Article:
Not The Actual Events

Experimental and explosive, Nine Inch Nails capture the sound of eight albums in five short songs

8th January 2017

"Hey wait! I thought you said you'd have another blog out by new ye-"

SHUT UP.

New year, same old Dec. I will attempt to get the Delicious and Excellent Concept awards out by the end of January, but I make no promises.

Anyway, this blog is the one that I erroneously claimed I would have done prior to the turn of the year, and it's a doozy. Or, at least, the subject matter is. Unlike dear old me, Trent Reznor is a man of his word when it comes to vaguely worded promises, and when he said there would be new NIN in 2016 he meant it - even if it did only arrive in the last 2 weeks.

Not The Actual Events is a short, angry EP which differs significantly from the later submissions by Reznor, but instead heralds back to the so-called "golden era" of classic NIN where vocals take a back foot to weird noises and static. However, it still manages to take influence from the more electro-sounding efforts of late, and to be honest you could probably say that in 20 minutes you can hear pieces of all of their previous albums.

The album starts off on a heavy note with Branches/Bones, a short but brutal song, and the one in which Trent's voice is most prevelant, akin to the songs that exist on Year Zero or With Teeth – from here on out it's pushed behind the other layers and becomes close to spoken word rather than singing.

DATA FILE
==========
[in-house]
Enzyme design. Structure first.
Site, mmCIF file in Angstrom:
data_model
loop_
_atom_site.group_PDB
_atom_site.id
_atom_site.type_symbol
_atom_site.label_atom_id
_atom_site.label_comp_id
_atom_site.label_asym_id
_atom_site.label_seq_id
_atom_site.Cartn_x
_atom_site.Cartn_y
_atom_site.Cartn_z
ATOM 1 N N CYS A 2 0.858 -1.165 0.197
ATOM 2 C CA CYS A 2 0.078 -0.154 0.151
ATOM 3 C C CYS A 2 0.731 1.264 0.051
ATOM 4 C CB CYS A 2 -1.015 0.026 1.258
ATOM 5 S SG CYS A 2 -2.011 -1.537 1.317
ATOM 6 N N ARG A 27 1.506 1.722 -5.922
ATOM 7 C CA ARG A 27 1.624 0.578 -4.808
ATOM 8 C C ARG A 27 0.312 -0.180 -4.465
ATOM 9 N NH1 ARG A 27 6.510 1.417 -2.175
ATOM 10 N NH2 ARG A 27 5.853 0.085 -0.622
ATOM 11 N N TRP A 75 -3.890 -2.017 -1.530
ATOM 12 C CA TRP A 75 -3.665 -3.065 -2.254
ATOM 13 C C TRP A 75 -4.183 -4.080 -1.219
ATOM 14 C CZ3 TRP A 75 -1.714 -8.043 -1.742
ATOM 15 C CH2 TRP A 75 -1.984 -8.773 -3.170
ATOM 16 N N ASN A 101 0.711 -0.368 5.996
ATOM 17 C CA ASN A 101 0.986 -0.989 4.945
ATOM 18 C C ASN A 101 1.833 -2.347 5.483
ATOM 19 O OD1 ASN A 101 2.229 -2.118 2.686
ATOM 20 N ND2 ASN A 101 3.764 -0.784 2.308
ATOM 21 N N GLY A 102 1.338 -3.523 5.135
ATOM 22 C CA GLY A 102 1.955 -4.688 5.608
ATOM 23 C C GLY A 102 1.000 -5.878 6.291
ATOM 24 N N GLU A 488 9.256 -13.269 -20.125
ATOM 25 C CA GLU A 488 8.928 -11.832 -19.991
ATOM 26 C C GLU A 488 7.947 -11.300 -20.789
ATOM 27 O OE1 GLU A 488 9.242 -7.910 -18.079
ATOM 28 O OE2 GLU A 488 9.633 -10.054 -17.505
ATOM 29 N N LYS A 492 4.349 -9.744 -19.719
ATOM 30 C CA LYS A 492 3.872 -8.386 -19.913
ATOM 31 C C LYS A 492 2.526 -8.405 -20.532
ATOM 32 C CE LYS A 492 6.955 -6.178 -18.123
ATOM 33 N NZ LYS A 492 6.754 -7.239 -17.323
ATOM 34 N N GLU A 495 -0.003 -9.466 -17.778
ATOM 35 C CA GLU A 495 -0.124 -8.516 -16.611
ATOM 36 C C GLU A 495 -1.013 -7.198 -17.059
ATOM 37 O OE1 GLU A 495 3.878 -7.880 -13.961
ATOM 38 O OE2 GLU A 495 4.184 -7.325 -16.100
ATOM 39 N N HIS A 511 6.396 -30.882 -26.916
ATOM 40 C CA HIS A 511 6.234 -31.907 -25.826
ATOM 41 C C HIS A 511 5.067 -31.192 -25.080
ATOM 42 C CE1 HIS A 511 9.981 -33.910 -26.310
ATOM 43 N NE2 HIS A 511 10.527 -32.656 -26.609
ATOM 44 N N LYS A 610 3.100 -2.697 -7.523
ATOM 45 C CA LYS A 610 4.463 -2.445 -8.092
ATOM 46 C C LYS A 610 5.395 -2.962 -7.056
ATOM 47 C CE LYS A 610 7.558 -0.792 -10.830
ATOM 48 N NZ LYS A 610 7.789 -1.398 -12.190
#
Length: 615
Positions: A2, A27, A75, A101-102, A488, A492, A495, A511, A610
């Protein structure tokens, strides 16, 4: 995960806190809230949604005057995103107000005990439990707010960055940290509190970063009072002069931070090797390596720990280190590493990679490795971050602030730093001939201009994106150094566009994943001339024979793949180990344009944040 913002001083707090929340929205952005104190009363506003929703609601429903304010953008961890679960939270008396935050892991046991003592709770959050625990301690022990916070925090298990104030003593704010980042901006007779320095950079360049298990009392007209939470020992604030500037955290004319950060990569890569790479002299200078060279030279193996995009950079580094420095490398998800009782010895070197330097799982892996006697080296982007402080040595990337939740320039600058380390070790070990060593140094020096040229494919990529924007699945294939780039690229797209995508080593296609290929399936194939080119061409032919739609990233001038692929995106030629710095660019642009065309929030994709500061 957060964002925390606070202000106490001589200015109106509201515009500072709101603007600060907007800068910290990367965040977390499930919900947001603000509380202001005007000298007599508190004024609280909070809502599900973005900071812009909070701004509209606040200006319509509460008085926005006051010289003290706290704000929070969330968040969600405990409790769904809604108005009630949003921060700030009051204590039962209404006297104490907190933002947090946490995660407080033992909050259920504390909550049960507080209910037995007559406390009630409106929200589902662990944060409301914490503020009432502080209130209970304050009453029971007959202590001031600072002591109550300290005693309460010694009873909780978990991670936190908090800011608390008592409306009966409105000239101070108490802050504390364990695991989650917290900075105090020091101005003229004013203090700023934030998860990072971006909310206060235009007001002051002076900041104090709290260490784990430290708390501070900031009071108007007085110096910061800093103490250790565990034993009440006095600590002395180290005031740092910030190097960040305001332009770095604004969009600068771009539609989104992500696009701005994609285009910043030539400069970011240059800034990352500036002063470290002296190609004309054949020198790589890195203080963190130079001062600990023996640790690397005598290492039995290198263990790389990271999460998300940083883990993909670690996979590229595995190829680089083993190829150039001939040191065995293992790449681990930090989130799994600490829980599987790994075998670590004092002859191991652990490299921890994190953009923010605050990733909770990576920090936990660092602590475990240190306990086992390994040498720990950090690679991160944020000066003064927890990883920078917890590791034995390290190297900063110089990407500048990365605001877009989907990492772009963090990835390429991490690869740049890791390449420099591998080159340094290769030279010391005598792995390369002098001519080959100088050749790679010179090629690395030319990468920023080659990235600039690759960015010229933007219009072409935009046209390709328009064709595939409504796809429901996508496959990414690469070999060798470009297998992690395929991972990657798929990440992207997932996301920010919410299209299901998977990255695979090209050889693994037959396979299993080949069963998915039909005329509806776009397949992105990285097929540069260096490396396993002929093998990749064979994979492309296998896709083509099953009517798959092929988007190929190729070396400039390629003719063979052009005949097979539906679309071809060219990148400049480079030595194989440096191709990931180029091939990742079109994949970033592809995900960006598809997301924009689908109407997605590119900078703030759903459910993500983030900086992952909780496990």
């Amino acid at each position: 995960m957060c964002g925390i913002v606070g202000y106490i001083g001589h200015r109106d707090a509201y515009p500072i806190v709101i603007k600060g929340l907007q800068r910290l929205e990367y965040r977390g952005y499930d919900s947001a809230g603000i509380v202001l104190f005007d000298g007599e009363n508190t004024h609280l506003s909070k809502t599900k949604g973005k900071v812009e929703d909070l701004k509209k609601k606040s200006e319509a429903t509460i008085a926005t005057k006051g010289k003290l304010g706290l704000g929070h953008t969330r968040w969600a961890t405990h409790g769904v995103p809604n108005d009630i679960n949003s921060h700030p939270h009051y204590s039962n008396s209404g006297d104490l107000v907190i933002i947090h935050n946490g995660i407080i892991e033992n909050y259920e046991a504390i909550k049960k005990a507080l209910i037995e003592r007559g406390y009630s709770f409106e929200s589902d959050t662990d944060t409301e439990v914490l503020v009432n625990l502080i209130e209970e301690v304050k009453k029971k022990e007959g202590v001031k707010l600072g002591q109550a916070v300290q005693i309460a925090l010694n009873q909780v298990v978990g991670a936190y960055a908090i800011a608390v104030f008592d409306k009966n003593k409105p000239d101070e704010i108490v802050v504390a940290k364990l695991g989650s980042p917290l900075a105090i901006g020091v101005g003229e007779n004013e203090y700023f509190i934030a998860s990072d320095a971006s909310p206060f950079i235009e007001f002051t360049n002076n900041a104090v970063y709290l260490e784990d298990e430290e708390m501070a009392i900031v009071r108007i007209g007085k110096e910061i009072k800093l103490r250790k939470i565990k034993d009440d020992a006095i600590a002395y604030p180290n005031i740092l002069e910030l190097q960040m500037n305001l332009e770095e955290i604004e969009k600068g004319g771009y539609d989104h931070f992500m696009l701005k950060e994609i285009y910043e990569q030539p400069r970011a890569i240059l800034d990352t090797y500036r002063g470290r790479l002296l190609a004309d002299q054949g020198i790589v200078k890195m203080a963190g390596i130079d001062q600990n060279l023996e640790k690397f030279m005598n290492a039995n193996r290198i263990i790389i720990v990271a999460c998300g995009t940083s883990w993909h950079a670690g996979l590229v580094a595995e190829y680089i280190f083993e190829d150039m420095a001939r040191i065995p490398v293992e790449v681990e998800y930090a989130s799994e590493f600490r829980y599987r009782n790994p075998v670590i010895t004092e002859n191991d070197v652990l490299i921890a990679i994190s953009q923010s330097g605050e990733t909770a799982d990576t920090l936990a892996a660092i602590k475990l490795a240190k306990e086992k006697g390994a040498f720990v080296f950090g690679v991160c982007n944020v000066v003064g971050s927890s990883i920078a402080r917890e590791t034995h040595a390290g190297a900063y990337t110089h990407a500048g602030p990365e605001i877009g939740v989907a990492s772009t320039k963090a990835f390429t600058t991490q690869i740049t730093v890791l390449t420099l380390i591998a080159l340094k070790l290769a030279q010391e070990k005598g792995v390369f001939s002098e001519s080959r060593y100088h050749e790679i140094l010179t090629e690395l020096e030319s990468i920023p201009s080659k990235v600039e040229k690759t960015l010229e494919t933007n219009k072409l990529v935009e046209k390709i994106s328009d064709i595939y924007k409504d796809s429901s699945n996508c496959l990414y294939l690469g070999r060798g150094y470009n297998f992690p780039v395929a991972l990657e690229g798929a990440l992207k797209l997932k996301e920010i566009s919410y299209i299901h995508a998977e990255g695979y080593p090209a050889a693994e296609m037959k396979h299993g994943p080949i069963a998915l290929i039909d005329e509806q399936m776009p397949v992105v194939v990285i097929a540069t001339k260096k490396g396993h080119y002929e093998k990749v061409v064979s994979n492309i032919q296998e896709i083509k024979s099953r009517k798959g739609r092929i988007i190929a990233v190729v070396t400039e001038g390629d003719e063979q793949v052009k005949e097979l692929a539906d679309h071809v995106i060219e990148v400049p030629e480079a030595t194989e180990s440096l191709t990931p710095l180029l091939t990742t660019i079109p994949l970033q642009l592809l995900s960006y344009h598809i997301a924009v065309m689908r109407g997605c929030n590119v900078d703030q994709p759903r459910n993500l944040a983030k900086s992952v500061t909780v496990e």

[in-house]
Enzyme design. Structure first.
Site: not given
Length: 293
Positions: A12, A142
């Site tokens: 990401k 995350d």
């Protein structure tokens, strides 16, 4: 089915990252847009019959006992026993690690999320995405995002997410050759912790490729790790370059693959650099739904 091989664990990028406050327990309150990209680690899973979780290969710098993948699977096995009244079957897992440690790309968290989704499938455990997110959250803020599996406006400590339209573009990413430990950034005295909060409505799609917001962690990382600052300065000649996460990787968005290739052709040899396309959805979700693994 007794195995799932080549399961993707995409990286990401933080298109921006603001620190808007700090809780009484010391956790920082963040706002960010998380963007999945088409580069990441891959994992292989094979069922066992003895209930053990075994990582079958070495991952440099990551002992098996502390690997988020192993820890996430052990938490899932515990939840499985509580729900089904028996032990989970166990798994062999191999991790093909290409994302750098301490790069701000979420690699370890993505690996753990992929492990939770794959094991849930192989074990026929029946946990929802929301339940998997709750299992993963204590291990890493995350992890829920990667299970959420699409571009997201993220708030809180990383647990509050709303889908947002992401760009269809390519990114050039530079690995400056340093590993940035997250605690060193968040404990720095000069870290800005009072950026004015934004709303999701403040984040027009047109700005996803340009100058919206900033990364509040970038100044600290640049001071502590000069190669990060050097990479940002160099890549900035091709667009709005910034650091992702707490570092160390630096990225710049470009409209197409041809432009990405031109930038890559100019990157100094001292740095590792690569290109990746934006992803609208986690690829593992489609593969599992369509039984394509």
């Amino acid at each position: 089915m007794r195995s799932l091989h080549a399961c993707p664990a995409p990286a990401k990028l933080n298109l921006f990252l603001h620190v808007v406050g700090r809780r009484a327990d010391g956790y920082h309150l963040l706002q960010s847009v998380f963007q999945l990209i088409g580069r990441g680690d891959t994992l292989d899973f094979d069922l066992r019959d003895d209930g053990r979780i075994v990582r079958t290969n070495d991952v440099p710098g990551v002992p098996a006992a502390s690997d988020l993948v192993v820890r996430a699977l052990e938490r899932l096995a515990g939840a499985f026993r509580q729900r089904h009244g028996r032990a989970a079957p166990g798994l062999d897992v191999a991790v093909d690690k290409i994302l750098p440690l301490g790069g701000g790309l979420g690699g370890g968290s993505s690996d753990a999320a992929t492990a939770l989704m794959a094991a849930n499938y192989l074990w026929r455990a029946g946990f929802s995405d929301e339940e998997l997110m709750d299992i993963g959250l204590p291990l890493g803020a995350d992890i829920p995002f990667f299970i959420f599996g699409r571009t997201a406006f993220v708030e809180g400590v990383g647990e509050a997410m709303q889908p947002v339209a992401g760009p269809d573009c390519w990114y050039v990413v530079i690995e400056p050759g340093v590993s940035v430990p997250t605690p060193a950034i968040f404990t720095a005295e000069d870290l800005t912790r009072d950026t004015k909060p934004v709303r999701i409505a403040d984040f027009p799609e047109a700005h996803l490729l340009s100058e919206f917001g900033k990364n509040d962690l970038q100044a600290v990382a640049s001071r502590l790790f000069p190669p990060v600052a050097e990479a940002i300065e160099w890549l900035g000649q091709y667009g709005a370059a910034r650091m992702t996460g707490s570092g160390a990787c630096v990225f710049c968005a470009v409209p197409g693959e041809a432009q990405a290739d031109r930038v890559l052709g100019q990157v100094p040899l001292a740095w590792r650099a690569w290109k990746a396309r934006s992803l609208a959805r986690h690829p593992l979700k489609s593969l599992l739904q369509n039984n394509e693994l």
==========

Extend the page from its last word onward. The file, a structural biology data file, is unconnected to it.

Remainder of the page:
Dear World is the closest you'll get to Hesitation Marks or The Slip and it's very different to the other songs on the EP, but still excellent. Then you have She's Gone Away which could come straight off The Downward Spiral with its heavy use of static, haunting background noise and misery-laden lyrics.

The standout track is The Idea of You. It's sensational. It starts out with a very heavy sounding guitar riff, but then – despite the riff not actually changing – it becomes a fairly slow, chilled out song, simply by overlaying a piano note every few seconds. It's a sensational mixture of incredibly simple sounds and sums up exactly why Reznor is such a masterful musician. Then, you reach the explosive chorus, which is one of the heaviest sections of music that NIN has ever produced. This is where the influence from The Fragile comes in.

Burning Bright (Fields on Fire) is what I imagine a song from Ghosts I-IV would sound like if it were given vocals – in fact it makes me yearn for a Ghosts V-VIII because that album is one of the best writing inspirations I've ever had.

So yes, in five quick songs Reznor and new official band member Atticus Ross have managed to cover around 80% of their sound. However, it still manages to tell its own story. I need to give it a few more listens – perhaps with the mysterious "physical component" in tow – to discover exactly what that truly is. Ideally, this will pave way for an LP with a similar sound. Even the name implies that the actual events are to come.